1. Wills Save Your Family Money
An intestacy, which occurs when someone dies without having made a Will, might cost your estate (and ultimately your family) many times the amount of legal costs which would otherwise be incurred to obtain probate and administer a well-drafted Will. This can be particularly important if you pass away suddenly, leaving debts or business interests which need to be addressed urgently, as executors and trustees named in your Will are able to step in and make important decisions to protect your estate. Also, upon your death a lawyer will usually be engaged to help administer your estate, drawing up the documents required for probate or letters of administration (whereby executors, trustees or administrators are authorized to deal with the assets of your estate), and completing all aspects of distributing and winding up the estate in due course. If there is no Will held at your lawyer's office, additional legal steps, and relevant costs, are usually required before administrators can be appointed to deal with your estate.
2. Wills Reduce Stress On Your Family
If you leave a Will when you die, your family quickly finds out more or less what is available for them. Otherwise, if there is no Will (an intestacy), or your will cannot be found quickly, they may not feel able to plan for their future without you until your estate is distributed. Without a Will, it might be many more months, or, in some cases years, before your estate is finally settled. During this time, your family could struggle for money, and might even have to outlay money for legal costs, such as to fund an application for letters of administration (issued by the Court when there is no Will), or to oppose the claims of other prospective beneficiaries.
3. Wills Tell People You Cared
The fact that you have given proper consideration to the needs of your family and other beneficiaries is itself a comfort to those you leave behind. While beneficiaries of your estate will expect a measure of fairness, they are almost invariably grateful to learn they were important to you in your life. Even disgruntled beneficiaries may be appeased by a careful explanation (usually in the Will itself, but sometimes by way of a separate document) as to why you reached the decisions reflected in your Will. Making a Will is also your opportunity to say what you want to happen with your body or ashes, and to put in place guardianship arrangements for dependent children (depending on the rules applying in the country or state where the Will is signed).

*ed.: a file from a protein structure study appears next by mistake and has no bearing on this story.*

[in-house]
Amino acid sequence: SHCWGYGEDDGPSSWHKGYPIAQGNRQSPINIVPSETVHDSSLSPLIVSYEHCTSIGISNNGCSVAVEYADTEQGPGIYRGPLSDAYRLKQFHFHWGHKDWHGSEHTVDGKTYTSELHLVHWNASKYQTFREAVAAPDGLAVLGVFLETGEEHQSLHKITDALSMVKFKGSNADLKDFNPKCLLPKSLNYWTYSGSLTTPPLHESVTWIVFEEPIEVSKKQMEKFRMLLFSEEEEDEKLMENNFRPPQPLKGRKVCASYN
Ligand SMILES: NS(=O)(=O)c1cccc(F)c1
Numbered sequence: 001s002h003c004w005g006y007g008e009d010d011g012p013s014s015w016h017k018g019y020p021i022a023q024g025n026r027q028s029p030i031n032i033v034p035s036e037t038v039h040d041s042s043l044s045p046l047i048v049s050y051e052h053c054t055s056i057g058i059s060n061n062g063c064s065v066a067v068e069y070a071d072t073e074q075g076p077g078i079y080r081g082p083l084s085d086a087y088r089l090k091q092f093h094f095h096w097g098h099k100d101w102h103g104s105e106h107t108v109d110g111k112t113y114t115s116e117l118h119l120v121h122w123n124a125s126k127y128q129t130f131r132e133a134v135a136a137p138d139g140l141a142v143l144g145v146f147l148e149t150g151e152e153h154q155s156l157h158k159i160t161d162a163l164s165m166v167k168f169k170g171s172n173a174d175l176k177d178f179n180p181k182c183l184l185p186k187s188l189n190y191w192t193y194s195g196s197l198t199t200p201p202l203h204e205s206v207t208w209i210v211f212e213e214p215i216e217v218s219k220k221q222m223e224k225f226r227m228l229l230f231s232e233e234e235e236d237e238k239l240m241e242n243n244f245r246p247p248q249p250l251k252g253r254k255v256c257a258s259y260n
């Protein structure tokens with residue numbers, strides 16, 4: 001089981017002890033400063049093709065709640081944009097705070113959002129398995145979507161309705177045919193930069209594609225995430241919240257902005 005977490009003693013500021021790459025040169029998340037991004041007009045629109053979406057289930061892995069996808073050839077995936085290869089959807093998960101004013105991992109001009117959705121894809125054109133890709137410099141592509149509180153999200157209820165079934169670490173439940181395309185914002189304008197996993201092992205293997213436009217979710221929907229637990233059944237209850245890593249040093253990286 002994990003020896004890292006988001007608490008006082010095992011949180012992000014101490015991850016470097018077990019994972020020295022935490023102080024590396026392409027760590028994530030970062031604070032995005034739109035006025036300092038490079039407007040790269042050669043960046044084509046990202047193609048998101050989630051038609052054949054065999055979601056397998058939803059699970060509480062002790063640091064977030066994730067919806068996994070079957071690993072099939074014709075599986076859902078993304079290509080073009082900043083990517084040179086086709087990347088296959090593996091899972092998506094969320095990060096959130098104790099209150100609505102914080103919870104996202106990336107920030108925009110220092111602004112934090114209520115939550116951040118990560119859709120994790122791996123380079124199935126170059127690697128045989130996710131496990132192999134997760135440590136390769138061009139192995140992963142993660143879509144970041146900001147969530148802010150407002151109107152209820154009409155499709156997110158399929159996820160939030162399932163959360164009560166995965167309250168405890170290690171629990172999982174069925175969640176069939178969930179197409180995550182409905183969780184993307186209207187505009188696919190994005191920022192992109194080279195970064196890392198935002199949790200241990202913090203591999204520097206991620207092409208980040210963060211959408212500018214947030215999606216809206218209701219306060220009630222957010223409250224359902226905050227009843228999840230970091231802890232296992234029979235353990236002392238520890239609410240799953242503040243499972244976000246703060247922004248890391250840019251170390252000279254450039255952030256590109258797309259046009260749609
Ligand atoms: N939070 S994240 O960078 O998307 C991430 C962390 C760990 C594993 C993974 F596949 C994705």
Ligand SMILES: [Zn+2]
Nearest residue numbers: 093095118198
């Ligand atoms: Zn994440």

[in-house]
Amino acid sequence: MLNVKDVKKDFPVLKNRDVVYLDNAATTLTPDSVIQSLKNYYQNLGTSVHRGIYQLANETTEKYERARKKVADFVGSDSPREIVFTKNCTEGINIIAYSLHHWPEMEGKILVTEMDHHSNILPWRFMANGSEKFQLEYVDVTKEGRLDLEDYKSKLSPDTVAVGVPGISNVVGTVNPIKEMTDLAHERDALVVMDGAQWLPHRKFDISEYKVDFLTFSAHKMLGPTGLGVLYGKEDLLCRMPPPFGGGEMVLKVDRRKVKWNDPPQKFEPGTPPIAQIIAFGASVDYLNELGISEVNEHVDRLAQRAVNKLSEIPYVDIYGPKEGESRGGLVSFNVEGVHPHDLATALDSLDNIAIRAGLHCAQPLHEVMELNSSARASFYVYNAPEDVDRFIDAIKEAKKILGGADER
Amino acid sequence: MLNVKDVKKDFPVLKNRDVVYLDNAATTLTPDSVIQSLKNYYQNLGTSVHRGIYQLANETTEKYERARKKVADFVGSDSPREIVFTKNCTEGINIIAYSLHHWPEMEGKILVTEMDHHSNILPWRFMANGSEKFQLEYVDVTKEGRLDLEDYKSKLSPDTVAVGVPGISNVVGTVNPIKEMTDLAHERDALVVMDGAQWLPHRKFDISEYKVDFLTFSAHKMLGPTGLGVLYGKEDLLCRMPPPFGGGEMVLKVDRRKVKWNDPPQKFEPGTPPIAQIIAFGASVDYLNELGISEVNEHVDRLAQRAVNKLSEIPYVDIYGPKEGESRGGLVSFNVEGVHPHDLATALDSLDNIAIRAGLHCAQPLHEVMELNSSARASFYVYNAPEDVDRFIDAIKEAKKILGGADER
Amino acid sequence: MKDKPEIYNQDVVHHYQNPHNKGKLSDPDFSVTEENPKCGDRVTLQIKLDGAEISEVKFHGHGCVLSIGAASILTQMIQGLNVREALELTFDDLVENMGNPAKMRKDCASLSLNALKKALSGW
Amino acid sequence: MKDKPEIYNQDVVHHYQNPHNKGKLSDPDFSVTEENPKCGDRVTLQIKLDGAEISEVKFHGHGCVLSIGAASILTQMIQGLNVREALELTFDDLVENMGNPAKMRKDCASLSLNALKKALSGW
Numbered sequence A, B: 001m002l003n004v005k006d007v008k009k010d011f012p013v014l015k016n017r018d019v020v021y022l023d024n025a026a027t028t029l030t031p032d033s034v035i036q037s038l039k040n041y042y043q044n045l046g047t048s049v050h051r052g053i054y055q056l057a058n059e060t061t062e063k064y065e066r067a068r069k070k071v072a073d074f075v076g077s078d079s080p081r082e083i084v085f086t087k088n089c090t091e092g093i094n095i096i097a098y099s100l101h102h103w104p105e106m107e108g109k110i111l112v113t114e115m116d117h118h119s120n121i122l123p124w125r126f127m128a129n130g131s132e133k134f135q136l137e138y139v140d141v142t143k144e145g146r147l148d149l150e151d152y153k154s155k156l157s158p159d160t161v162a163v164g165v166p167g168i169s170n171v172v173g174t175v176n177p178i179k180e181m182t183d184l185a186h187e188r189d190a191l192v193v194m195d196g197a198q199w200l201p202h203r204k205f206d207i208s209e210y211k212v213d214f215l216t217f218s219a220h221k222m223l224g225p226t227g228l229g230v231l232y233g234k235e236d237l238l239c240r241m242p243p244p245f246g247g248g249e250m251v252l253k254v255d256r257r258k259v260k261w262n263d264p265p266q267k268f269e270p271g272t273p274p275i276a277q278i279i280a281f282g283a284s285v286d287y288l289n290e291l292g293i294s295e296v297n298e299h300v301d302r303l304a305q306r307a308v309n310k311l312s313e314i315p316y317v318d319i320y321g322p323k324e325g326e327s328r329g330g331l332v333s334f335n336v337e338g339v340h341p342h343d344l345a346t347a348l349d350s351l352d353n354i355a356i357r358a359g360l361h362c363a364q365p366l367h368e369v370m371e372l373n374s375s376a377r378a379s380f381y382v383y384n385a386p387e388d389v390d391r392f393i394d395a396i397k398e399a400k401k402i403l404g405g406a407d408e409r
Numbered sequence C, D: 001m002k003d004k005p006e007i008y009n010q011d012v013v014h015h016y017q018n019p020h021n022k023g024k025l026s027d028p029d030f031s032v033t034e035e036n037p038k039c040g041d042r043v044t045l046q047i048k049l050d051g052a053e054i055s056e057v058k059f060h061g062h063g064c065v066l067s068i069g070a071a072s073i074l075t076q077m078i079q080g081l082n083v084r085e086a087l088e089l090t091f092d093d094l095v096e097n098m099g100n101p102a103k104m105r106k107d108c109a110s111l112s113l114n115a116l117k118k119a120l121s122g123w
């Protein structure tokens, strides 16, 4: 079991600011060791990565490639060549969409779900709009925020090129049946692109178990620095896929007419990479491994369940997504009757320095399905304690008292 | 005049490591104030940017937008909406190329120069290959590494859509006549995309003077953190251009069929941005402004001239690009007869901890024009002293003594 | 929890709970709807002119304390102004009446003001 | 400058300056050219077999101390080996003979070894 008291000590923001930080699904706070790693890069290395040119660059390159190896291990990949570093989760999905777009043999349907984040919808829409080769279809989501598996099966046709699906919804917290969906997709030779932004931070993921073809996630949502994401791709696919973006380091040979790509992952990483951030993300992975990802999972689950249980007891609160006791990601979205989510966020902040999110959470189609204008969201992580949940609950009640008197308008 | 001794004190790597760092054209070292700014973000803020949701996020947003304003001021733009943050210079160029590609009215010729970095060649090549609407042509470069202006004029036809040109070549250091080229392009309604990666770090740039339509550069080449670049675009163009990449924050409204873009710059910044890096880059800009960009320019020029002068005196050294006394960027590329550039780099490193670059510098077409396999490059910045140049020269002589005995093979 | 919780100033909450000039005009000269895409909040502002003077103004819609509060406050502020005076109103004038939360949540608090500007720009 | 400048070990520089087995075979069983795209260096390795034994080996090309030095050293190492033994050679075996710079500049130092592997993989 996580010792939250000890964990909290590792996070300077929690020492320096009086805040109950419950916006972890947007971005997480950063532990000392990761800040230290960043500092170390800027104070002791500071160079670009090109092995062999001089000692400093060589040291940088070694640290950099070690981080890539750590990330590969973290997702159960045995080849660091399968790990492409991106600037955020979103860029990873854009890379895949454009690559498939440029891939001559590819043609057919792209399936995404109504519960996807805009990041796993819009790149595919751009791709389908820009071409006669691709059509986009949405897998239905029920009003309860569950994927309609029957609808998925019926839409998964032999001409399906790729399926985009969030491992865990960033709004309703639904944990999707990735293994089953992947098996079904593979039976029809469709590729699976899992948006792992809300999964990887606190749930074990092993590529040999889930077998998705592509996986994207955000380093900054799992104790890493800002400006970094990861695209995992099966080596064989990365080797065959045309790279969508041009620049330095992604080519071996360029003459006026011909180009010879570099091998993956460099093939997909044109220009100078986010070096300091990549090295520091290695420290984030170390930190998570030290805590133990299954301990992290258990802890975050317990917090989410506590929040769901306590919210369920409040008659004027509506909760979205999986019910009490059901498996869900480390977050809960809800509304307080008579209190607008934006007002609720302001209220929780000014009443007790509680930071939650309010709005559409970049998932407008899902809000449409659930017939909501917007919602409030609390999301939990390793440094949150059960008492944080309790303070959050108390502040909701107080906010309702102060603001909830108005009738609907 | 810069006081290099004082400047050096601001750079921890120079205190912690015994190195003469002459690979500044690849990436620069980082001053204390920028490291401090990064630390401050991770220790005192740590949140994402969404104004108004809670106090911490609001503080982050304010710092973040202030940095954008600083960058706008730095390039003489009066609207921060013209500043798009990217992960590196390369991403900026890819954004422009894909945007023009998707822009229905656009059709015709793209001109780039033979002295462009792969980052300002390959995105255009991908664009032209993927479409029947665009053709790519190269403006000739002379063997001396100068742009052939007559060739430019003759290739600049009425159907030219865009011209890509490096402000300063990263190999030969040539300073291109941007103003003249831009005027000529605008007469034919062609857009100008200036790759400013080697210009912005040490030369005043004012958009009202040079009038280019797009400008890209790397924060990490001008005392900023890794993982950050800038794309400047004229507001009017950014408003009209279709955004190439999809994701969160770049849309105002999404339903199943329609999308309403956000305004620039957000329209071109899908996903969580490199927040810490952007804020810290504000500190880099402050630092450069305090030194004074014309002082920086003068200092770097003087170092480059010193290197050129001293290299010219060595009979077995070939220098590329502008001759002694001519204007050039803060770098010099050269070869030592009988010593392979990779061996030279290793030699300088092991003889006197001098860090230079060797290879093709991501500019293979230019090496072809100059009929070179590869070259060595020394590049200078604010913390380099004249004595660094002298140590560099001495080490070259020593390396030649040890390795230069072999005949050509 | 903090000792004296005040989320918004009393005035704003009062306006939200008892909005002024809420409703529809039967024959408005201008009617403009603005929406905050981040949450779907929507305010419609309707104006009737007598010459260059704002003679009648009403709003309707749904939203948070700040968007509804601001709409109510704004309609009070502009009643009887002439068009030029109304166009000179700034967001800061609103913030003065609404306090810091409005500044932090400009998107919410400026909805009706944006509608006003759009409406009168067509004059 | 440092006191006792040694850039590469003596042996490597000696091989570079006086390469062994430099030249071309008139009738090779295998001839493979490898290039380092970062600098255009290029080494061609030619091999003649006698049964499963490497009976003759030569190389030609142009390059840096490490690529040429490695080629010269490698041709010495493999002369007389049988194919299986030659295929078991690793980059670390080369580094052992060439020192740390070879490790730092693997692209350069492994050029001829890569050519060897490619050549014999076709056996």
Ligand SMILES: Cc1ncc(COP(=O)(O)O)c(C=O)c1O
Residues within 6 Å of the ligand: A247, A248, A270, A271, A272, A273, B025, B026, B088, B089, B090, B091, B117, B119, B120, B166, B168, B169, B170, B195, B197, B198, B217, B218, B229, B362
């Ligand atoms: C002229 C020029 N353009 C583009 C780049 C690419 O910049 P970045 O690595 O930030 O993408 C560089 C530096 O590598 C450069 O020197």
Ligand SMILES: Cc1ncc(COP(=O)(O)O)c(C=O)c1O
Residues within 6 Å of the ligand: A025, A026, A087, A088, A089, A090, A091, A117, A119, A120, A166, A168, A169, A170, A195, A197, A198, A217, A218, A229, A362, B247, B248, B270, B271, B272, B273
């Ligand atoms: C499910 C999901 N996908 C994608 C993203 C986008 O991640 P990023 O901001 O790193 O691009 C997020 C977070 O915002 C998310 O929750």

4. Wills Help You Order Your Affairs
In preparing for the possibility of your death, even if it is unlikely to occur for many years, you must take a snapshot of your life as it is now - your family, your assets, your debts, and your priorities. This is often an unexpected, and sobering, benefit of the Will-making process. You may not change your lifestyle as a result, but sometimes people in this situation will consider ways to create better outcomes for dependents, such as by re-arranging business affairs, placing assets into trusts, or creating testamentary wealth through the use of insurance.
5. Wills Give Effect To Your Intentions
It is a common misconception that Wills are often overturned by the Court. In fact, relatively few wills are challenged, and most estates end up being distributed exactly as the testator (the person making the Will) intended. A well-drafted Will takes into account the needs of your dependents, while also prioritizing the people and interests you hold most dear in your lifetime. Even if your Will is challenged, the Court must give appropriate weight to your intentions, as expressed in your Will, before deciding the case.
6. Wills Cost Very Little To Make
Most lawyers charge far less for a Will than the usual hourly rate applying to other work they undertake. We recommend you review your Will at least once every two or three years, typically at a cost between $200 and $300 each time for a basic or standard Will, which equates to less than $2 per week. In most cases, making a will is a relatively simple process: a solicitor meets with you, takes your instructions, and prepares the will document for your signature. If you are concerned about costs, there are ways to bring the price down - for example, using a do-it-yourself Will kit, such as at http://diy-will.kirkebyco.com. However, special care is required to ensure your Will is valid, and the signed document must be stored securely - usually in your lawyer's safe - until it is required.
Note: If your estate is substantial, Will-making may be part of an ongoing succession and estate-planning process, which will involve greater costs than those indicated here.
In summary, by making a Will you have the opportunity to take stock of your life and priorities, and communicate your intentions to those you care about. When there is no will, an intestacy will result, causing uncertainty and extra cost. Making a Will is a simple and inexpensive process for most people.
THIS ARTICLE IS NOT LEGAL ADVICE, DOES NOT COVER ALL CIRCUMSTANCES, AND MAY CONTAIN ERRORS OR OMISSIONS. YOU SHOULD OBTAIN PROFESSIONAL LEGAL ADVICE REGARDING THE LAW RELEVANT TO YOUR OWN SITUATION. NO LIABILITY IS ACCEPTED BY THE AUTHOR OR ANY PUBLISHER OF THIS ARTICLE (TO THE EXTENT PERMITTED BY LAW).
Stephen G Bourne MBS LLB - Kirkeby & Co. Lawyers - Australia and New Zealand - http://www.kirkebyco.com
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